Overview

  • The West African nation of Senegal is bordered by Guinea-Bissau, Mali, and Mauritania and surrounds its much smaller Anglophone neighbor, Gambia. Relatively dry, its shoreline runs along the Atlantic Ocean at the Sahel’s westernmost point. Up to half of its population of 15.4 million (2016) is concentrated around Dakar and other urban areas.

    Political Context

    Senegal has been among Africa’s most stable countries, with three major peaceful political transitions since independence in 1960. In a presidential election held on February 24, 2019, the Senegalese people voted in President Macky Sall for a second term. Macky Sall won with 58,27% of the votes with a very high voter turnout of 66,23%. This was followed by Idrissa Seck, former prime minister (20%), Ousmane Sonko (15%), El Hadj Sall (4,07%), and Madické Niang (1,48%). Since the referendum organized in March 2016, Macky Sall will have a 5-year term compared to the 7-year term he served in 2012.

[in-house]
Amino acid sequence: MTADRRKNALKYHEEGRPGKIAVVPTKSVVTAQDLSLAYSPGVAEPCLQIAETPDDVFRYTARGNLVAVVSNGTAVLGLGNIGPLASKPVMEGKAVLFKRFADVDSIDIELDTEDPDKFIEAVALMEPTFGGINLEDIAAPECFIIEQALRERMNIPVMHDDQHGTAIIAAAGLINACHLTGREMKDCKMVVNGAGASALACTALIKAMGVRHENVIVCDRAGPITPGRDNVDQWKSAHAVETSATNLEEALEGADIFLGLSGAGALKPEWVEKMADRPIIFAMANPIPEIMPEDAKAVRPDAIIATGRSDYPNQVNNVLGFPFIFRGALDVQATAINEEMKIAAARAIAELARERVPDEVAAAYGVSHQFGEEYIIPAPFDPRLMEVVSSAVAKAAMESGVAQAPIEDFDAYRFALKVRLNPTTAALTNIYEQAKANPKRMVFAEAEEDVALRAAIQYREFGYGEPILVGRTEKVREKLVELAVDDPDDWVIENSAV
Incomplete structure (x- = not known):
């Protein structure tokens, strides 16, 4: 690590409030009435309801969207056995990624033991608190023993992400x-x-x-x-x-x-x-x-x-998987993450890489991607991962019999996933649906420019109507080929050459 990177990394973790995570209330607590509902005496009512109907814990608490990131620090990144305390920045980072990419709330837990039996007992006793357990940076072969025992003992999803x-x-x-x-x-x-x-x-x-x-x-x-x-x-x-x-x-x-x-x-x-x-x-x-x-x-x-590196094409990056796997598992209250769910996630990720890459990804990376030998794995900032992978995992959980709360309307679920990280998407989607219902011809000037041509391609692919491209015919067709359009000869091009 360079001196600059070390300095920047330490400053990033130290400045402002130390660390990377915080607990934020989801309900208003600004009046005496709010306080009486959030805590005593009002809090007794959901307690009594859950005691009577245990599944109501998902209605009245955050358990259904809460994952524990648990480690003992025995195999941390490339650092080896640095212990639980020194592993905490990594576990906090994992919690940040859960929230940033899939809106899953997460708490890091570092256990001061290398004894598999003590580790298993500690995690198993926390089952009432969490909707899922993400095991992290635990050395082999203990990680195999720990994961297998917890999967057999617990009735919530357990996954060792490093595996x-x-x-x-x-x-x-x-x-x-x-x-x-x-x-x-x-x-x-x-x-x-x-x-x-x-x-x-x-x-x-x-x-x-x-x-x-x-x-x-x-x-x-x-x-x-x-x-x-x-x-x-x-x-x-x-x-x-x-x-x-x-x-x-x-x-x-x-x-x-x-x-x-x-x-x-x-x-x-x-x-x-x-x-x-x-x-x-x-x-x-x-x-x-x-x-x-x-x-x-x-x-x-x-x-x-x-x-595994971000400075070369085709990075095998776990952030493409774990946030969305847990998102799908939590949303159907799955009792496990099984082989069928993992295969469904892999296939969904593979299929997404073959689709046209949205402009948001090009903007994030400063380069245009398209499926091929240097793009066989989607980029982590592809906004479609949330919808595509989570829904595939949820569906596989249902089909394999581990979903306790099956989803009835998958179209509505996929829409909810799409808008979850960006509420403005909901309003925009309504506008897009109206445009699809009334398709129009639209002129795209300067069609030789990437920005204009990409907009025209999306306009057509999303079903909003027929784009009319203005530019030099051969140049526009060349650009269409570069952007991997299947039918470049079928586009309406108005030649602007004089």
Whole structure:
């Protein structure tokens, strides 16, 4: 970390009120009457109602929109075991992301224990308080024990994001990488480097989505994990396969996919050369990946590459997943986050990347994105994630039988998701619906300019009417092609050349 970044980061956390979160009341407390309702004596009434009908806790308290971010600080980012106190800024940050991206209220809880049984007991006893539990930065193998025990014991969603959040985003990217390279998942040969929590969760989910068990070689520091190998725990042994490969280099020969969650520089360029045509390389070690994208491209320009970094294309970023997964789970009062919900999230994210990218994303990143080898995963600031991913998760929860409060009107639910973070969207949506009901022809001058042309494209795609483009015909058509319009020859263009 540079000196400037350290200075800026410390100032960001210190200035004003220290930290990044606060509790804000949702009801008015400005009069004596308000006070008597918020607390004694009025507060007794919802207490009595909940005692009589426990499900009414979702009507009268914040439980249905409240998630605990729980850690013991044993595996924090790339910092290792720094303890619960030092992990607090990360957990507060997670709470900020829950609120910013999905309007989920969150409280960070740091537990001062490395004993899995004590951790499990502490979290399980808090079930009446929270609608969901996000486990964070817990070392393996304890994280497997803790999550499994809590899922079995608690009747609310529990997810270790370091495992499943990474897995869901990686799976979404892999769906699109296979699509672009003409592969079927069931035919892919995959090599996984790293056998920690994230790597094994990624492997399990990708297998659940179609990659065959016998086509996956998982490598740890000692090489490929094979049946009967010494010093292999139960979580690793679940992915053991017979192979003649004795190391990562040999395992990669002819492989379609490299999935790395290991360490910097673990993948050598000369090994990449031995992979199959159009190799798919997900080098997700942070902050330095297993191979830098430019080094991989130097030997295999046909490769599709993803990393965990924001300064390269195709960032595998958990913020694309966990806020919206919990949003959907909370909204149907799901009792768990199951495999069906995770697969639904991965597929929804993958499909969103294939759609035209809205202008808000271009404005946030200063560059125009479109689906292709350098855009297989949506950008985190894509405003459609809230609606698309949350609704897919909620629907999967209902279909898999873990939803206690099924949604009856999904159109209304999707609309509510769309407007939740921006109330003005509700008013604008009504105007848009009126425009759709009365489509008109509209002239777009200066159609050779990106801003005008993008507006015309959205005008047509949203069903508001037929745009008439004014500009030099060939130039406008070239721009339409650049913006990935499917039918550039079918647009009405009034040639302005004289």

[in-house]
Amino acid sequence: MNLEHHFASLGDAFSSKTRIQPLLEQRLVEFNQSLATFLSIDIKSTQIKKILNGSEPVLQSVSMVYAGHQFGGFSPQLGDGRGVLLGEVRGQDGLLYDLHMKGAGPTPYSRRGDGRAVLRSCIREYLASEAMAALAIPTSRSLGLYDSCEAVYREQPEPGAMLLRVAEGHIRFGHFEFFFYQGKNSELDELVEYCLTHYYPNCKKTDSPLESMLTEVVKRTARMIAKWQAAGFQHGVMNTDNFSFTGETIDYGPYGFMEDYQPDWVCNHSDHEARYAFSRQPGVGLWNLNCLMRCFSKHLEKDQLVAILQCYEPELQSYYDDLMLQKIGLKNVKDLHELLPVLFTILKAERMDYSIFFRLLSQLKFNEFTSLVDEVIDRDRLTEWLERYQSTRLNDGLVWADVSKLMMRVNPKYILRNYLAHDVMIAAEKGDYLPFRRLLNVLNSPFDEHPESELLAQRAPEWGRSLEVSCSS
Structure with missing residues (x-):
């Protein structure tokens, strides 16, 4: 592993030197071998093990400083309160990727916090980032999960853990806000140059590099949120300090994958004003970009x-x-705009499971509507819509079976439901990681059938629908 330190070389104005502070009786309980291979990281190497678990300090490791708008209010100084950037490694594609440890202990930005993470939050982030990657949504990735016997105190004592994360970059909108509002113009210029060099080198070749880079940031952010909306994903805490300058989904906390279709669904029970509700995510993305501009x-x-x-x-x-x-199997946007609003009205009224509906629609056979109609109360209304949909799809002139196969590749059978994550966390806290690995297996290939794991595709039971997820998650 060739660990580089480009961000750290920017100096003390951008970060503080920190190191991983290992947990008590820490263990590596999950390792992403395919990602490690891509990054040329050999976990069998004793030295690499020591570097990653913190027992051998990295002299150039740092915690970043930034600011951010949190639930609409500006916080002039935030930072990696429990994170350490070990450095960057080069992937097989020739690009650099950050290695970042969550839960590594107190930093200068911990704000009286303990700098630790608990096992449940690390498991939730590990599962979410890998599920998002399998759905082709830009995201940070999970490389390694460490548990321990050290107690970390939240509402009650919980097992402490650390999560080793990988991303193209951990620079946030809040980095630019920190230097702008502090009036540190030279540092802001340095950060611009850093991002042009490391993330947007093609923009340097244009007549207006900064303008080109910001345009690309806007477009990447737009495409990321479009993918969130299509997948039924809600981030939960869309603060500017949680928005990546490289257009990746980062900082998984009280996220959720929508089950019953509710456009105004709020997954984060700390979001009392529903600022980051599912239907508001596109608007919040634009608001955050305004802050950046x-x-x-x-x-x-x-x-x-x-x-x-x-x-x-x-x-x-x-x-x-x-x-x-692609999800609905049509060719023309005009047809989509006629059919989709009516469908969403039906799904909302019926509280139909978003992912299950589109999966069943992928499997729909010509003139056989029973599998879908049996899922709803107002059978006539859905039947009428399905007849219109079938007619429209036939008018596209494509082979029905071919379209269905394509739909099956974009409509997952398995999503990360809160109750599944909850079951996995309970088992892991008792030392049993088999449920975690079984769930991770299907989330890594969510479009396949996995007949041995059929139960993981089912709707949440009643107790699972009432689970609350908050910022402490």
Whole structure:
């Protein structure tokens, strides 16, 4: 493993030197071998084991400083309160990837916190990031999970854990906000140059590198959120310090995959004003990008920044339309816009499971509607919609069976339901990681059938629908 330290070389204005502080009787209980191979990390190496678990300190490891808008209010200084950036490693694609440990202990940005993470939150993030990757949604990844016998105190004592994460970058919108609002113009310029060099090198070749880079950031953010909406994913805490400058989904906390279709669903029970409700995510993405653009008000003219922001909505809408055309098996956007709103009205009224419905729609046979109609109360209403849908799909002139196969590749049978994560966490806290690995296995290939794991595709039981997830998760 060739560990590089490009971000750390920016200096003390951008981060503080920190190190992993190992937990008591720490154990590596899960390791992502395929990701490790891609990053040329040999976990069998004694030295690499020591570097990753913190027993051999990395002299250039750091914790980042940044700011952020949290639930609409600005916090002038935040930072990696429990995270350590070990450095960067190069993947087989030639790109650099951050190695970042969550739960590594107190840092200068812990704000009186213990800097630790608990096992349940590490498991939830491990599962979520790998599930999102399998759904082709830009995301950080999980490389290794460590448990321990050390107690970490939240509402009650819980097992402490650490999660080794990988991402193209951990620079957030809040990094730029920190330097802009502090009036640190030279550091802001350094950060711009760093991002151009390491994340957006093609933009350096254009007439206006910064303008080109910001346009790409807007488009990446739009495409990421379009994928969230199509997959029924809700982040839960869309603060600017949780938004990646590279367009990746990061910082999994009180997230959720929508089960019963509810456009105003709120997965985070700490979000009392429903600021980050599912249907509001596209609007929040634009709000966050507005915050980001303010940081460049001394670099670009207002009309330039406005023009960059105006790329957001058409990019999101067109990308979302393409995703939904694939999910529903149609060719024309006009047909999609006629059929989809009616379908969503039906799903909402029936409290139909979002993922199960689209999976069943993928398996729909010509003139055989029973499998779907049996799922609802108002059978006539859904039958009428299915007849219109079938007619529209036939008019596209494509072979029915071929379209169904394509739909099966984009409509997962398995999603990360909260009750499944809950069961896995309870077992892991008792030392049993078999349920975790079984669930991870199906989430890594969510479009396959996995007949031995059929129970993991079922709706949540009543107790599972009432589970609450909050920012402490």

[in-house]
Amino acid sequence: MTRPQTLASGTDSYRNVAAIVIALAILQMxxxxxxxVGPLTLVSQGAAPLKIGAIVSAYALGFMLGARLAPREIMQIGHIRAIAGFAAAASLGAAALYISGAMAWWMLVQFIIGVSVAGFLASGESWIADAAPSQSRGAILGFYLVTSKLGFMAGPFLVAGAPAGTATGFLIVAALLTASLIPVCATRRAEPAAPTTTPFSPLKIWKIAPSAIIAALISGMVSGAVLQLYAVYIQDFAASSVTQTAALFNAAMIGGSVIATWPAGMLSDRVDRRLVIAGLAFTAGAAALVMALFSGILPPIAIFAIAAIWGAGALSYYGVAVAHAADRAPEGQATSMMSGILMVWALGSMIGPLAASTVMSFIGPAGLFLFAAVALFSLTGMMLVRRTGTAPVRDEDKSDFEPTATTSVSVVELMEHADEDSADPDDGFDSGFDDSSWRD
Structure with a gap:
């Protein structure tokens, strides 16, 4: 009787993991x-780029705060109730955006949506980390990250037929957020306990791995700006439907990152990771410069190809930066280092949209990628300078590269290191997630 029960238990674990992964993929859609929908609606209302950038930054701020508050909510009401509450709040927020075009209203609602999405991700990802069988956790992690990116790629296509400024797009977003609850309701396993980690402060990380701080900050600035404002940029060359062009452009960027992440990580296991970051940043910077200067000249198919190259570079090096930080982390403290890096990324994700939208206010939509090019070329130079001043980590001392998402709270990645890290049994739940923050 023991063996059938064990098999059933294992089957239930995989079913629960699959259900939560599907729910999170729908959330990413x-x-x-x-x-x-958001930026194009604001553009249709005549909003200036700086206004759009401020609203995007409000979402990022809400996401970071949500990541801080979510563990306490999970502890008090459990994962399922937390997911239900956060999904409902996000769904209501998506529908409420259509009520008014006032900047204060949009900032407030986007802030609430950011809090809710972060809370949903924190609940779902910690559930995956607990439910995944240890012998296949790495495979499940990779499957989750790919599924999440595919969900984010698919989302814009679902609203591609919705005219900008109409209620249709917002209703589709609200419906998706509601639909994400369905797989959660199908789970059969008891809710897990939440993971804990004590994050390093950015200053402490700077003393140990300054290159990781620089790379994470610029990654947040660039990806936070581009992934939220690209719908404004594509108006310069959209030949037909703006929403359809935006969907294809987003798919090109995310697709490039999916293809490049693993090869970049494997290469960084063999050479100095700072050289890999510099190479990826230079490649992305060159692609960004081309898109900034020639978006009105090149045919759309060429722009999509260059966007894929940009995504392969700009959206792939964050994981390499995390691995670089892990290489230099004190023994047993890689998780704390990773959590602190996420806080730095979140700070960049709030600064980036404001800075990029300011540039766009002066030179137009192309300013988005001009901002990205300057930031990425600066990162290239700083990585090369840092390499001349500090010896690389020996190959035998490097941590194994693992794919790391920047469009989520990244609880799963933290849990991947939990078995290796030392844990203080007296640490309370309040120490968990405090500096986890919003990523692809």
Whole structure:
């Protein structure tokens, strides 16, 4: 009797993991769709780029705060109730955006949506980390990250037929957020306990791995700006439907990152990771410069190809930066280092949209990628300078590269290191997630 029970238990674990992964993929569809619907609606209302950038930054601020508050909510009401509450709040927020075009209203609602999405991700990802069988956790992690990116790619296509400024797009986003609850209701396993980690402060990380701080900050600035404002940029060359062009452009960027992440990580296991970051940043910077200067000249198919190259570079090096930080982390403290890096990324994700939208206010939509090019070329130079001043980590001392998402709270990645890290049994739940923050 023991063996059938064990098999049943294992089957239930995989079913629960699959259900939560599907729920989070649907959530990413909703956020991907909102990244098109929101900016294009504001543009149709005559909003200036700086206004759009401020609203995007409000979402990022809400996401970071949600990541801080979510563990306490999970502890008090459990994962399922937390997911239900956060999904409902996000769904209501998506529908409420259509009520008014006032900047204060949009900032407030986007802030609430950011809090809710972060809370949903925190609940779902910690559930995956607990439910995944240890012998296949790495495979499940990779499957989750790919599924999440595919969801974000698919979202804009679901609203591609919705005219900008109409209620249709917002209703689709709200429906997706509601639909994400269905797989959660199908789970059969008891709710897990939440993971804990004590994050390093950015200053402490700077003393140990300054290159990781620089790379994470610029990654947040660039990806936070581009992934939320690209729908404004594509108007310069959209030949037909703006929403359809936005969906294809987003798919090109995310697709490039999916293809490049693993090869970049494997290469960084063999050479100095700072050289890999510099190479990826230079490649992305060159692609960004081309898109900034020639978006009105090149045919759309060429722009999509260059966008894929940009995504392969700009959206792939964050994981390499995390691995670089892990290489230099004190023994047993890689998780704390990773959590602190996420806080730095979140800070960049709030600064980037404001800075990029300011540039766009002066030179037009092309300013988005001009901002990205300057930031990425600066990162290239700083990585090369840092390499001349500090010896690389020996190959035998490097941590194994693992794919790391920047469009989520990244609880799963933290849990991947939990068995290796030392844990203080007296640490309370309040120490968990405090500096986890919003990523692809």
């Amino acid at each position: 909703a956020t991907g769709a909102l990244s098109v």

Local elections are scheduled on December 2019 and legislative elections slated for 2022. In 2017, the ruling coalition Benno Bokk Yakaar party (“United in Hope" in the widely-spoken Wolof language) won 125 of 165 seats. A dozen other parties hold seats in the national assembly, including the Coalition gagnante Wattu SenegalManko Taxawu Sénégal, and Parti de l’unité et du rassemblement.

    Senegal has so far been spared regional security shocks, but activism by terrorist groups in neighboring countries and the higher number of radicals entering the country are factors that risk fueling instability.

    Economic Overview

    Growth has been high, over 6% since 2014, and the forecast remains optimistic, particularly with   oil and gas production expected in 2022. Growth accelerated to over 7% in 2017 and is expected to remain over 6% in 2018 and in the following years. All sectors supported growth in 2018, but agriculture – due to support programs, robust external demand, and large infrastructure investments in the context of Emerging Senegal Plan (Plan Sénégal Emergent or PSE) implementation remain key drivers. Maintaining high growth in the future will require additional efforts to strengthen the efficiency of public investment and to insure the stability of the macroeconomic framework, while sustained reforms to reduce remaining structural constraints would also help boost private investment. Looking forward, growth stands to substantially accelerate when production of offshore oil and gas begins.in 2022.